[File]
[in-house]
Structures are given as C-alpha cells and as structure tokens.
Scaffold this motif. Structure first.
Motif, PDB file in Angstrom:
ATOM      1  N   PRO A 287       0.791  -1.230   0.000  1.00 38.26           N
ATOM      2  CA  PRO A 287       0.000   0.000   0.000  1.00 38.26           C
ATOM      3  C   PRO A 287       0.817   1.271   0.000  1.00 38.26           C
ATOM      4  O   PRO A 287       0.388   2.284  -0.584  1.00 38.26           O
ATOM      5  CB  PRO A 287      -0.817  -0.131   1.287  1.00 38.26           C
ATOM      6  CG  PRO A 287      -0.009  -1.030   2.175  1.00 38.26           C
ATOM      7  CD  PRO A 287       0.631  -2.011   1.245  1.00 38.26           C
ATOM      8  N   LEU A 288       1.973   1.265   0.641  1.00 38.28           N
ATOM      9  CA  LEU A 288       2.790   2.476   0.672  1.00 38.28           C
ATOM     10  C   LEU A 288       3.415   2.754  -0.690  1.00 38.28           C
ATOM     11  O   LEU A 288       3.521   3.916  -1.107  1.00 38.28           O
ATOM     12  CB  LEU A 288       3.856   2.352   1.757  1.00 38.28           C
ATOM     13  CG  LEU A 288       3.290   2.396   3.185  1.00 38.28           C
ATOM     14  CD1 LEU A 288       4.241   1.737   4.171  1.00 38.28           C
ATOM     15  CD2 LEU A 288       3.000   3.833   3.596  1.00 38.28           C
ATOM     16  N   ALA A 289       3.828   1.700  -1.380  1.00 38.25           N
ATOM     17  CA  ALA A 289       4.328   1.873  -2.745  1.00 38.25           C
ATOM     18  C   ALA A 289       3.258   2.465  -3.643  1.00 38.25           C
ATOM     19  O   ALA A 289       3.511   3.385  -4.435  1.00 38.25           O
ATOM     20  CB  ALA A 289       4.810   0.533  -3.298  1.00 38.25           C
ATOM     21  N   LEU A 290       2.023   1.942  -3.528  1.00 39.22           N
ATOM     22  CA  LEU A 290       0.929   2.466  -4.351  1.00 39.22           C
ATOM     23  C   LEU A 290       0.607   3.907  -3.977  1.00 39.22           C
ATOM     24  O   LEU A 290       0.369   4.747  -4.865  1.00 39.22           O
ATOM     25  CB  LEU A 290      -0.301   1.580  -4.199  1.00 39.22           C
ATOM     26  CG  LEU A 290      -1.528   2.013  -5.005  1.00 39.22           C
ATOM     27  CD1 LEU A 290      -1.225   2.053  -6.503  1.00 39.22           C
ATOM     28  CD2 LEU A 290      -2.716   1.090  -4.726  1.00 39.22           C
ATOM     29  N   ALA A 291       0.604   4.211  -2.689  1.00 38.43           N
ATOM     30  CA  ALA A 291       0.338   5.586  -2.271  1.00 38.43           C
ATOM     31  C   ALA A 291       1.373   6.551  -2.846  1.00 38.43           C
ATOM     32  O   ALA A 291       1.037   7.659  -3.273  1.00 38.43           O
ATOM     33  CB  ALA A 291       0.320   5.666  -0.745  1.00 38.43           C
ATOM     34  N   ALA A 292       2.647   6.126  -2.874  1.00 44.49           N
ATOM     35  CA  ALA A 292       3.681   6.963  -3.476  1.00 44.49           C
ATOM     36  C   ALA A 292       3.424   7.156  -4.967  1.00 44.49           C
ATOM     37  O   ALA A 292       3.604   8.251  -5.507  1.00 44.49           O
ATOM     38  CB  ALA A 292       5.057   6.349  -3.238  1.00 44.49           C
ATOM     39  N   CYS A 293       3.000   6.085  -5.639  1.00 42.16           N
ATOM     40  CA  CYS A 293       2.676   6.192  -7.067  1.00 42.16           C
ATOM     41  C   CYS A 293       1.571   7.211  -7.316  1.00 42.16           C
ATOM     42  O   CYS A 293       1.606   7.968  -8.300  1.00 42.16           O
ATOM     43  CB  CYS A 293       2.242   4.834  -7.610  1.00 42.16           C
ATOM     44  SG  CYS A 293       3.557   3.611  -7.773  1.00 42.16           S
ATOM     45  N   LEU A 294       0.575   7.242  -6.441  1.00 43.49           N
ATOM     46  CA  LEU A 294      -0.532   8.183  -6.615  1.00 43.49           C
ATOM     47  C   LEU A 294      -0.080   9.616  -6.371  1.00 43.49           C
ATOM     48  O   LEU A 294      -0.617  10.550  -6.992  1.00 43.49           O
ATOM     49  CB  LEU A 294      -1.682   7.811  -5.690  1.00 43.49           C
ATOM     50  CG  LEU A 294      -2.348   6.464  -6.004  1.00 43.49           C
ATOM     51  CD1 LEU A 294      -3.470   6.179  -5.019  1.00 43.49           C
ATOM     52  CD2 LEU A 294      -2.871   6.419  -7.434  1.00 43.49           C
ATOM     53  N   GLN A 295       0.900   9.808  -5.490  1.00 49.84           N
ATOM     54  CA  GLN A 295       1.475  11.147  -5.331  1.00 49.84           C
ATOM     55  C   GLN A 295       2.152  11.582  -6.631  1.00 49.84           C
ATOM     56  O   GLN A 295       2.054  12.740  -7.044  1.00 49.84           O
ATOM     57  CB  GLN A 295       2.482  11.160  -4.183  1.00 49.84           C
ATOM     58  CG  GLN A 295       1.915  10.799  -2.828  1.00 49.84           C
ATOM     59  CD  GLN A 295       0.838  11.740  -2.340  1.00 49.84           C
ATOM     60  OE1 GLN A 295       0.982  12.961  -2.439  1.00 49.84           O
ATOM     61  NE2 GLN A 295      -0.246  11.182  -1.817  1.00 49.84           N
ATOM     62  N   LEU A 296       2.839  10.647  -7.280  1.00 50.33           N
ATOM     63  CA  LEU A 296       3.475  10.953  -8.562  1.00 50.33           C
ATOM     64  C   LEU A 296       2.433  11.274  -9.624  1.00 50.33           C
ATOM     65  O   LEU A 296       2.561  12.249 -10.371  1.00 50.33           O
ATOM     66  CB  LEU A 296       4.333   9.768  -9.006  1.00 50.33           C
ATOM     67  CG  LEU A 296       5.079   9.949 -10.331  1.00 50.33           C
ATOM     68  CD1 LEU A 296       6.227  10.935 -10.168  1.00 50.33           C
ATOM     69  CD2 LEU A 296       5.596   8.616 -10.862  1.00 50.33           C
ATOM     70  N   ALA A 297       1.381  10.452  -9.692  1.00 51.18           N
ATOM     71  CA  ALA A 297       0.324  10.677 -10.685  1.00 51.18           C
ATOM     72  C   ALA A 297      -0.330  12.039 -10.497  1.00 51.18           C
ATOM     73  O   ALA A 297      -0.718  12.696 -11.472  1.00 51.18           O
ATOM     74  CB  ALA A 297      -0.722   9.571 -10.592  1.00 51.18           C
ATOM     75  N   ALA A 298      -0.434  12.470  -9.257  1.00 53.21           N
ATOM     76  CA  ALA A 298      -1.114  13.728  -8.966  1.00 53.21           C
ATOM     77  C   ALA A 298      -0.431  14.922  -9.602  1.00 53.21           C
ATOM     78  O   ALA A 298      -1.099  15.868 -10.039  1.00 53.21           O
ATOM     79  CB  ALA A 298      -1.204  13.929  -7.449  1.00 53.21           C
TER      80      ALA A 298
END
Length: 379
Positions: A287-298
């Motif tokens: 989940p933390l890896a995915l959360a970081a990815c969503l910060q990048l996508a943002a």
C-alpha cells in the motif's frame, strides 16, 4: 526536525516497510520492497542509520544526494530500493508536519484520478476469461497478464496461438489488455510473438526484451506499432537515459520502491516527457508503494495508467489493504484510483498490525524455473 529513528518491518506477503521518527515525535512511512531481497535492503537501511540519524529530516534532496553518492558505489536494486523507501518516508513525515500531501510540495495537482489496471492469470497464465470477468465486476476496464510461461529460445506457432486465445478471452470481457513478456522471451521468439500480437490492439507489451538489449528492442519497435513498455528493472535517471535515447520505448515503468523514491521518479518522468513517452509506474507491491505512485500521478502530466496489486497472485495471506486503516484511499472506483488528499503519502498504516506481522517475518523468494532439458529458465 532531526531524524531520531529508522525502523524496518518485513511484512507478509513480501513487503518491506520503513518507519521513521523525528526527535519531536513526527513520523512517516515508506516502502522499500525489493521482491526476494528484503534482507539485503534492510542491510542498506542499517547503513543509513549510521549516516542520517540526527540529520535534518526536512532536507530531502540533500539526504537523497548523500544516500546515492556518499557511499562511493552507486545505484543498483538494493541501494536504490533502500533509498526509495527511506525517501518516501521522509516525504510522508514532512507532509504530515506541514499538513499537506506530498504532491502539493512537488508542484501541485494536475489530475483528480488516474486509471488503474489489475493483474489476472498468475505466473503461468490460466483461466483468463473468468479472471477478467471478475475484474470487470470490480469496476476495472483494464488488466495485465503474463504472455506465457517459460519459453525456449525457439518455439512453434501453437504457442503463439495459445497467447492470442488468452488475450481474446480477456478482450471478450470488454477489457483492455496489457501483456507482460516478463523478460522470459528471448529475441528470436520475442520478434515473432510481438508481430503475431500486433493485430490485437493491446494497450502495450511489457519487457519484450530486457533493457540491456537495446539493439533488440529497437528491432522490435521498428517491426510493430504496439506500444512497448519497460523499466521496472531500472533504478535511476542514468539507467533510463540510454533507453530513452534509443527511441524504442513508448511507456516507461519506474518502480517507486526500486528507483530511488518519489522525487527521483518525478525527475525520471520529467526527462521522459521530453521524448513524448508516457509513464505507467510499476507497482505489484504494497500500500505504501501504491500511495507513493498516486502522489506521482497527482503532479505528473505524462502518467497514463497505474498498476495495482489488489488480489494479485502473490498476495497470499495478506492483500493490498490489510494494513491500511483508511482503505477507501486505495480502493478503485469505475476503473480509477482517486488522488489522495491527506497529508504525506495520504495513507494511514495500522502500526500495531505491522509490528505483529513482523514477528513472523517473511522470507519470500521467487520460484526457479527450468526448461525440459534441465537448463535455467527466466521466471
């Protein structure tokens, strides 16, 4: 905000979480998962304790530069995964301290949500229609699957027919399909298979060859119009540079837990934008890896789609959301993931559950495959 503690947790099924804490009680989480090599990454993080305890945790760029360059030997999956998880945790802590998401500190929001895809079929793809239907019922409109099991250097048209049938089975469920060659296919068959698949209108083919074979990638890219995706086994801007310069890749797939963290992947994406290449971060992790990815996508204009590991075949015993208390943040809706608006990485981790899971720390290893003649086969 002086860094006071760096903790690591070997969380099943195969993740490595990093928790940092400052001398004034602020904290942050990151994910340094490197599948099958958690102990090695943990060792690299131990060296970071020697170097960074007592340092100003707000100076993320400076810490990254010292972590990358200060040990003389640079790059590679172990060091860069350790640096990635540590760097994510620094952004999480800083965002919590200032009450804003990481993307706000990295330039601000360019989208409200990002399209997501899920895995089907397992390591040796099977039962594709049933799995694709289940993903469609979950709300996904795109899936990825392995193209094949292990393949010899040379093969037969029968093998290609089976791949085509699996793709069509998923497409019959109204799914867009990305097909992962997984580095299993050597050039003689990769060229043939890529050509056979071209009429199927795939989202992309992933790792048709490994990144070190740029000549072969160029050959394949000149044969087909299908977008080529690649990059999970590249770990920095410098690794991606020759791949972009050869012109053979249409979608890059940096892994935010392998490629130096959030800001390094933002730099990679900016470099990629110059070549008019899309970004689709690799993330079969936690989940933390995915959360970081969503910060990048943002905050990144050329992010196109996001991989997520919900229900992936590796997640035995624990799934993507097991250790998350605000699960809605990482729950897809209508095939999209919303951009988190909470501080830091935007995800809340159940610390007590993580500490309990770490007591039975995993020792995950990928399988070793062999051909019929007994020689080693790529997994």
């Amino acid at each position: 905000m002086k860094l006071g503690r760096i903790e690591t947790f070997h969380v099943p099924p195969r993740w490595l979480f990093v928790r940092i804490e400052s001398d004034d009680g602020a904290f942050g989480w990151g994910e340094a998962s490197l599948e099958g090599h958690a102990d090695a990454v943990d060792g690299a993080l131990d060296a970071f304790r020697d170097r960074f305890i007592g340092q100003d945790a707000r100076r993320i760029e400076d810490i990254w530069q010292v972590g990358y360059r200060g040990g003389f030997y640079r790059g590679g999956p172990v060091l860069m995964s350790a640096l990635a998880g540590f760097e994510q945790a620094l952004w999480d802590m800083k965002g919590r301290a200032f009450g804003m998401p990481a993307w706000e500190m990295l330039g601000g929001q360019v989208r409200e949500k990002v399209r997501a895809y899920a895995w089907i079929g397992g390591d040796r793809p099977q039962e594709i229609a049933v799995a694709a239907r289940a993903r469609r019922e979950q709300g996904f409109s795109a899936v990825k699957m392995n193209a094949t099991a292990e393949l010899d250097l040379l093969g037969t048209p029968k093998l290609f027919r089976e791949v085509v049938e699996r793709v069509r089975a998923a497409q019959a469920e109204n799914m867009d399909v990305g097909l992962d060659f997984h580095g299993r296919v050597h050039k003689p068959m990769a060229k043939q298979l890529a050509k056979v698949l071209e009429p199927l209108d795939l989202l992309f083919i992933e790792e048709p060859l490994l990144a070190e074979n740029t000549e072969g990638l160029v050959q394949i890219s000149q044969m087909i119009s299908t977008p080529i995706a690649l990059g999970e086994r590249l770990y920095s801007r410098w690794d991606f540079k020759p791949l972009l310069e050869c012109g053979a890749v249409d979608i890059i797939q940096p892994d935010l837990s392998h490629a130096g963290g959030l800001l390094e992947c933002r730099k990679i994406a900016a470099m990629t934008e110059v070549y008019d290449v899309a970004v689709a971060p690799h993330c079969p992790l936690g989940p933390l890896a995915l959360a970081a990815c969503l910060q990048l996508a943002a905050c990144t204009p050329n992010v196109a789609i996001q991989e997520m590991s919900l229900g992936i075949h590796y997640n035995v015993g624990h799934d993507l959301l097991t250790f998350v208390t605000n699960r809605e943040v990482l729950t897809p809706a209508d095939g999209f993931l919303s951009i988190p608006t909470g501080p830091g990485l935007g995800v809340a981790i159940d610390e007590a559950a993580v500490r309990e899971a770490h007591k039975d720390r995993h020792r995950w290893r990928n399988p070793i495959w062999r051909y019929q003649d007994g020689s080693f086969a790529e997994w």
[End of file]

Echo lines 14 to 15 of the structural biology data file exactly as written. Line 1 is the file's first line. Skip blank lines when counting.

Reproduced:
ATOM     10  C   LEU A 288       3.415   2.754  -0.690  1.00 38.28           C
ATOM     11  O   LEU A 288       3.521   3.916  -1.107  1.00 38.28           O